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Barnum Brown: The man who discovered Tyrannosaurus rex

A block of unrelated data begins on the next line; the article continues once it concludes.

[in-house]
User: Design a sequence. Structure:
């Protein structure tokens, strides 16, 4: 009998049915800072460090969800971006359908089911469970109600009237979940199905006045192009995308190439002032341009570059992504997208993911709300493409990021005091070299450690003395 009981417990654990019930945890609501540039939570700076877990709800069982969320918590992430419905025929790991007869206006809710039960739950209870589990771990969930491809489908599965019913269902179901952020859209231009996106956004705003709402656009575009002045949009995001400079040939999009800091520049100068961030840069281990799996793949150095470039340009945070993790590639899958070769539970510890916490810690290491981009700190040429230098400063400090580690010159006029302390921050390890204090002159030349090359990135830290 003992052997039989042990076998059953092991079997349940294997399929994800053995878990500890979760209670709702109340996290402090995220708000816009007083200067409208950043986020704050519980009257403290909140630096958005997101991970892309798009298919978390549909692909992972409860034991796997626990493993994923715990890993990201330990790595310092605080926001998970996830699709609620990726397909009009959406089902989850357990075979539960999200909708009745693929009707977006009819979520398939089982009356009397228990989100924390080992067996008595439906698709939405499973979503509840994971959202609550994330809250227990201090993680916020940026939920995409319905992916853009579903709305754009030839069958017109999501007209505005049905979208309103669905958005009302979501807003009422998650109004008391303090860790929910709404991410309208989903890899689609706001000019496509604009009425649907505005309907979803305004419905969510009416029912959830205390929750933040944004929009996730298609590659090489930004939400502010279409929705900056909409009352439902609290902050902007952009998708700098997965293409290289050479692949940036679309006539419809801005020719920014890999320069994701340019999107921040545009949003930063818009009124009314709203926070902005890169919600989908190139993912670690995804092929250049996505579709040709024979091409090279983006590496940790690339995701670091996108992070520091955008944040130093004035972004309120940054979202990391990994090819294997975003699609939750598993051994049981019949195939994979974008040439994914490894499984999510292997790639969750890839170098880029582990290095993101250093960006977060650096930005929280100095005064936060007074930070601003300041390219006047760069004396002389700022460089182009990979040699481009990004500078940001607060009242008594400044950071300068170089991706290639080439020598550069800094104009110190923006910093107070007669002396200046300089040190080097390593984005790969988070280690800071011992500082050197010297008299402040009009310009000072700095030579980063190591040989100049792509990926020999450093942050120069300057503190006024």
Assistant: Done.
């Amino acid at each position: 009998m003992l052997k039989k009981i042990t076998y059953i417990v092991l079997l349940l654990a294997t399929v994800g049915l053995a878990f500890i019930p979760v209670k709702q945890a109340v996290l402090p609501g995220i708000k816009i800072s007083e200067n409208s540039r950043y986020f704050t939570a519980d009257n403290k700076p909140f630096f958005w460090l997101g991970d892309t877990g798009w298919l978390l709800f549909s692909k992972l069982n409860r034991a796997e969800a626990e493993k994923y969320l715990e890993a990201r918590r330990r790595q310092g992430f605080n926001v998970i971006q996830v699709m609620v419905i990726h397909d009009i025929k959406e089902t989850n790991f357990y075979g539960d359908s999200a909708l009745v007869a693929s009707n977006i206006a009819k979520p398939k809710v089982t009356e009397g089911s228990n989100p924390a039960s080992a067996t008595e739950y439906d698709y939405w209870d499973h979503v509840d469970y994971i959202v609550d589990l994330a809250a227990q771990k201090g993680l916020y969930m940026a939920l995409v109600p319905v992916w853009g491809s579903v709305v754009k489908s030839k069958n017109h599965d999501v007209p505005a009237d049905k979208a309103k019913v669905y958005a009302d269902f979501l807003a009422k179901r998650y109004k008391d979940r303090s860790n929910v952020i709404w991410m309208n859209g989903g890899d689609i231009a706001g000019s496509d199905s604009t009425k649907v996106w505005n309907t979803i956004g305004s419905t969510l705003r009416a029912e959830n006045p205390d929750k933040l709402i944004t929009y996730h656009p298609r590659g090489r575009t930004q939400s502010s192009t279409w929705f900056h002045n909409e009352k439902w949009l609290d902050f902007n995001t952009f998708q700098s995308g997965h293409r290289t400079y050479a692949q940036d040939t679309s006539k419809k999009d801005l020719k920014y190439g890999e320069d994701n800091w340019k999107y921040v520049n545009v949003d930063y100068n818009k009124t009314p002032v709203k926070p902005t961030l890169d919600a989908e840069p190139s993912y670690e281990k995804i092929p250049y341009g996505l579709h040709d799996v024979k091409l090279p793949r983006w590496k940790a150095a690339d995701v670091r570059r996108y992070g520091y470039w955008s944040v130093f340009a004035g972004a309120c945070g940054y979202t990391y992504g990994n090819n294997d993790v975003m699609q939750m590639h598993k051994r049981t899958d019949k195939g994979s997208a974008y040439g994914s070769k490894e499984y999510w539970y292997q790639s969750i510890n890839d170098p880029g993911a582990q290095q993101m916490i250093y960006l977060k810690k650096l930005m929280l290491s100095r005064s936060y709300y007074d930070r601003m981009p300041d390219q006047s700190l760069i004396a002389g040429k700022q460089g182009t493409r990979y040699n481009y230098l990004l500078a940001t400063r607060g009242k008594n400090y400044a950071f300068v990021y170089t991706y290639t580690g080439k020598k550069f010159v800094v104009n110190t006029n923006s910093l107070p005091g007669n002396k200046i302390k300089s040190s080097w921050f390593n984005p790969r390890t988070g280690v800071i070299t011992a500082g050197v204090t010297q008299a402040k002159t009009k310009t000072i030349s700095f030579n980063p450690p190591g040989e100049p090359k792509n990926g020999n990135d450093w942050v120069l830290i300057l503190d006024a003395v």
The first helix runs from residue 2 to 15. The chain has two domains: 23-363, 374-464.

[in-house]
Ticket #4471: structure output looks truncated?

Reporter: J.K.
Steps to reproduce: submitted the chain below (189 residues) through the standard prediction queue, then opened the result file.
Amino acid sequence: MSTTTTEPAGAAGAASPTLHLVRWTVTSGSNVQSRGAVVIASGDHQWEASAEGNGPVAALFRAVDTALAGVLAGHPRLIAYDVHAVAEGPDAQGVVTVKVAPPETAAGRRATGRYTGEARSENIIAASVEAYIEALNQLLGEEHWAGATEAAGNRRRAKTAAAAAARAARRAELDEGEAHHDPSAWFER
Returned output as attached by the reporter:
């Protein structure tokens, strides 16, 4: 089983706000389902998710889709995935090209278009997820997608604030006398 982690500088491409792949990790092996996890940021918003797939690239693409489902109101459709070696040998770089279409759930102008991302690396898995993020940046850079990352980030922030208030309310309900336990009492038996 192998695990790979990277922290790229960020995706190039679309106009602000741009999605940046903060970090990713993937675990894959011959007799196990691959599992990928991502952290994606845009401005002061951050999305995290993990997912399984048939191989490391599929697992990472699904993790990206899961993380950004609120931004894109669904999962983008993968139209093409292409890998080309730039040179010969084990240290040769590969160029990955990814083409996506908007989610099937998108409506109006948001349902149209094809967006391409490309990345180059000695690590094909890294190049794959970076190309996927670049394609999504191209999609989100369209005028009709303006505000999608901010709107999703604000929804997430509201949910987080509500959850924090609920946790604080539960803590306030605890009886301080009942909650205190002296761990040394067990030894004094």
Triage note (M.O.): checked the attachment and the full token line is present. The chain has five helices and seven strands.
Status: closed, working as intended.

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>>LOWELL DINGUS: Barnum Brown was, by all accounts, the best dinosaur collector who ever lived. He began his career here at AMNH in 1897 going out on expeditions to the American West first in search of fossil mammals but of course later with the dinosaur expeditions. He started as a field assistant and worked his way up to be curator in the Department of Vertebrate Paleontology, head of all the dinosaur collections. >>MARK NORELL: The majority of specimens that we have on display were collected by him. I mean, he was the one who collected the first Tyrannosaurus Rex specimens. He was the one who collected the Albertosaurus specimens. He was such a popular and important guy during his lifetime that he really, really, really kind of was the museum. >>SPEAKER: Curator Barnum Brown found and brought back many dinosaurs. Here is the head of dreaded Tyrannosaurus. The skeleton of a Pteranodon. >>DINGUS: We'd known for a long time, both Mark and I, that there were 13 boxes of documents and correspondence up in the archives of the Vertebrate Paleontology Department and no one had ever written a comprehensive biography of Barnum before. We felt like, given that it was about a century after his discovery of Tyrannosaurus, it was the right time to celebrate his life. He happened to be born and grow up during the first Bone Rush out into the American West led by Othniel Marsh at Yale and his arch rival E.D. Cope at the Philadelphia Academy of Sciences beginning in the 1870s. >>NORELL: Barnum Brown collected a number of Tyrannosaurus in the Hell Creek Formation in the first decade of the 20th Century. A number of them weren't that complete but they knew that there was this big hypercarnivore which was out there. He found things like, you know, a lower jaw, part of a brain case. Finally he found this specimen, what would become the 5027 Specimen, and the skull, which is still amongst the most beautiful Tyrannosaurus skulls known, was found in one single chert block. >>DINGUS: It was quite a sensation right from the start. From the announcement in the New York Times that they had discovered Tyrannosaurus, there was a full page article about the discovery, and that continued all the way through until they unveiled the mount for the public in the exhibition halls. >>NORELL: He would go out on the road to give lectures and people would flock around his trains when they came. He was one of the sort of early sort of celebrity paleontologists in the sense that he had his own CBS radio show each week which he would talk about things. He was the Dinosaur Consultant for Walt Disney and Shostakovitch for Fantasia. >>DINGUS: I don't think it's too much to say that we all work in his shadow, especially if you're working on dinosaurs. It's not only the fossils that you're probably incorporating into your studies, no matter what kind of dinosaur you're working on, but he was also trained as a geologist at the University of Kansas. And although he didn't take a lot of detailed field notes, he had a very good eye for the stratigraphy, the sequence of rock layers, in the field area where he worked all over the world. No matter how hard you try, especially here at the American Museum, you can never really walk out of Barnum's shadow.